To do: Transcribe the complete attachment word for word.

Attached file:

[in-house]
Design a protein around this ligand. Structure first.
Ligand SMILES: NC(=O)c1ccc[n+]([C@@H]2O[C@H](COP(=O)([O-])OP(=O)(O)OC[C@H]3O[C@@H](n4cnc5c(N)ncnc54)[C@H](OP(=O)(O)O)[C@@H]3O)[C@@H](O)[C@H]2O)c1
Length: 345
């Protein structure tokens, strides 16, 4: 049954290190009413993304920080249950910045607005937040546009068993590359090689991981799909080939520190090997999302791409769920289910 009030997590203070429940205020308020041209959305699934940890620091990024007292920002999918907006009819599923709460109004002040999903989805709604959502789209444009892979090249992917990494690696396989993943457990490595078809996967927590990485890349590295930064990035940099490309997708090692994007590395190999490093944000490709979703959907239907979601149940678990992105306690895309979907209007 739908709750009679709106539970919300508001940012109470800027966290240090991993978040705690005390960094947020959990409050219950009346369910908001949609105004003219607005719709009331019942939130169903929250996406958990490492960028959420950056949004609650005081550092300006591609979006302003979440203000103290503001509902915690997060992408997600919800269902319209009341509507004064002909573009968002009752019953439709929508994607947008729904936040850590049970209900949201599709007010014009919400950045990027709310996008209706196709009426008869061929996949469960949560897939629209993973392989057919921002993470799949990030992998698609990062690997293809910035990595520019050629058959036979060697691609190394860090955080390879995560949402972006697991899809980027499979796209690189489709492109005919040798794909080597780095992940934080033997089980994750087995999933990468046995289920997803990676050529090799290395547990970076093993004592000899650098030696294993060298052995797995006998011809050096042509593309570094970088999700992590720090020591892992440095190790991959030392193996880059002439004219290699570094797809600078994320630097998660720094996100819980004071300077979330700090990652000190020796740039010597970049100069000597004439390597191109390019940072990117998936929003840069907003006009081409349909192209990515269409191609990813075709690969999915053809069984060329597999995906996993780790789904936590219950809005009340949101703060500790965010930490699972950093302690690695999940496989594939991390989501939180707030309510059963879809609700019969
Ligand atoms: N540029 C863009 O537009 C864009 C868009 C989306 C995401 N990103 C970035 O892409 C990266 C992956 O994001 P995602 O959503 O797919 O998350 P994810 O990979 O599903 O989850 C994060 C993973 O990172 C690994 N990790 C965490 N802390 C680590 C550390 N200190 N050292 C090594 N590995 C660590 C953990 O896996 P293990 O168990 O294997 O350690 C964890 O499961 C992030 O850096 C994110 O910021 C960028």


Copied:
[in-house]
Design a protein around this ligand. Structure first.
Ligand SMILES: NC(=O)c1ccc[n+]([C@@H]2O[C@H](COP(=O)([O-])OP(=O)(O)OC[C@H]3O[C@@H](n4cnc5c(N)ncnc54)[C@H](OP(=O)(O)O)[C@@H]3O)[C@@H](O)[C@H]2O)c1
Length: 345
């Protein structure tokens, strides 16, 4: 049954290190009413993304920080249950910045607005937040546009068993590359090689991981799909080939520190090997999302791409769920289910 009030997590203070429940205020308020041209959305699934940890620091990024007292920002999918907006009819599923709460109004002040999903989805709604959502789209444009892979090249992917990494690696396989993943457990490595078809996967927590990485890349590295930064990035940099490309997708090692994007590395190999490093944000490709979703959907239907979601149940678990992105306690895309979907209007 739908709750009679709106539970919300508001940012109470800027966290240090991993978040705690005390960094947020959990409050219950009346369910908001949609105004003219607005719709009331019942939130169903929250996406958990490492960028959420950056949004609650005081550092300006591609979006302003979440203000103290503001509902915690997060992408997600919800269902319209009341509507004064002909573009968002009752019953439709929508994607947008729904936040850590049970209900949201599709007010014009919400950045990027709310996008209706196709009426008869061929996949469960949560897939629209993973392989057919921002993470799949990030992998698609990062690997293809910035990595520019050629058959036979060697691609190394860090955080390879995560949402972006697991899809980027499979796209690189489709492109005919040798794909080597780095992940934080033997089980994750087995999933990468046995289920997803990676050529090799290395547990970076093993004592000899650098030696294993060298052995797995006998011809050096042509593309570094970088999700992590720090020591892992440095190790991959030392193996880059002439004219290699570094797809600078994320630097998660720094996100819980004071300077979330700090990652000190020796740039010597970049100069000597004439390597191109390019940072990117998936929003840069907003006009081409349909192209990515269409191609990813075709690969999915053809069984060329597999995906996993780790789904936590219950809005009340949101703060500790965010930490699972950093302690690695999940496989594939991390989501939180707030309510059963879809609700019969
Ligand atoms: N540029 C863009 O537009 C864009 C868009 C989306 C995401 N990103 C970035 O892409 C990266 C992956 O994001 P995602 O959503 O797919 O998350 P994810 O990979 O599903 O989850 C994060 C993973 O990172 C690994 N990790 C965490 N802390 C680590 C550390 N200190 N050292 C090594 N590995 C660590 C953990 O896996 P293990 O168990 O294997 O350690 C964890 O499961 C992030 O850096 C994110 O910021 C960028």